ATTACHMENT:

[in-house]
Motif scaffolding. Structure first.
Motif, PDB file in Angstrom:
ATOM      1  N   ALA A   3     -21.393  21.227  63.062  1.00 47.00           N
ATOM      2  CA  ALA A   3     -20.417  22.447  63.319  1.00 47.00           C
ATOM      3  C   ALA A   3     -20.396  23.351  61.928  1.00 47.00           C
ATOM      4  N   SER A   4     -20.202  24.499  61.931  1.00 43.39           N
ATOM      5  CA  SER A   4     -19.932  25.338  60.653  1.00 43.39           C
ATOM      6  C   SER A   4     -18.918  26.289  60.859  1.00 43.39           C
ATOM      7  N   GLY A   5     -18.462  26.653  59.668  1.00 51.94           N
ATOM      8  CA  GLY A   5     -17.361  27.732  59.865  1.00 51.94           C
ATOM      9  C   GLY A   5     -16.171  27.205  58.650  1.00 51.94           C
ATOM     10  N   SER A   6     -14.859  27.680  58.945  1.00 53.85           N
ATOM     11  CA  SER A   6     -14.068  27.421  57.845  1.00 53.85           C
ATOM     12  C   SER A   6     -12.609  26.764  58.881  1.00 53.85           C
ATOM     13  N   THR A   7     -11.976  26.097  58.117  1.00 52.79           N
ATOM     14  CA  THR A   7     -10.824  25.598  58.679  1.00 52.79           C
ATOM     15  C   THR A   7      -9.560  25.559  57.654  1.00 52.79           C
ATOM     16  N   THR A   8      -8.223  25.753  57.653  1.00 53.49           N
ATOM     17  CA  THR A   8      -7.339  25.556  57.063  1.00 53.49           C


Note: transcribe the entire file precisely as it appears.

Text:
[in-house]
Motif scaffolding. Structure first.
Motif, PDB file in Angstrom:
ATOM      1  N   ALA A   3     -21.393  21.227  63.062  1.00 47.00           N
ATOM      2  CA  ALA A   3     -20.417  22.447  63.319  1.00 47.00           C
ATOM      3  C   ALA A   3     -20.396  23.351  61.928  1.00 47.00           C
ATOM      4  N   SER A   4     -20.202  24.499  61.931  1.00 43.39           N
ATOM      5  CA  SER A   4     -19.932  25.338  60.653  1.00 43.39           C
ATOM      6  C   SER A   4     -18.918  26.289  60.859  1.00 43.39           C
ATOM      7  N   GLY A   5     -18.462  26.653  59.668  1.00 51.94           N
ATOM      8  CA  GLY A   5     -17.361  27.732  59.865  1.00 51.94           C
ATOM      9  C   GLY A   5     -16.171  27.205  58.650  1.00 51.94           C
ATOM     10  N   SER A   6     -14.859  27.680  58.945  1.00 53.85           N
ATOM     11  CA  SER A   6     -14.068  27.421  57.845  1.00 53.85           C
ATOM     12  C   SER A   6     -12.609  26.764  58.881  1.00 53.85           C
ATOM     13  N   THR A   7     -11.976  26.097  58.117  1.00 52.79           N
ATOM     14  CA  THR A   7     -10.824  25.598  58.679  1.00 52.79           C
ATOM     15  C   THR A   7      -9.560  25.559  57.654  1.00 52.79           C
ATOM     16  N   THR A   8      -8.223  25.753  57.653  1.00 53.49           N
ATOM     17  CA  THR A   8      -7.339  25.556  57.063  1.00 53.49           C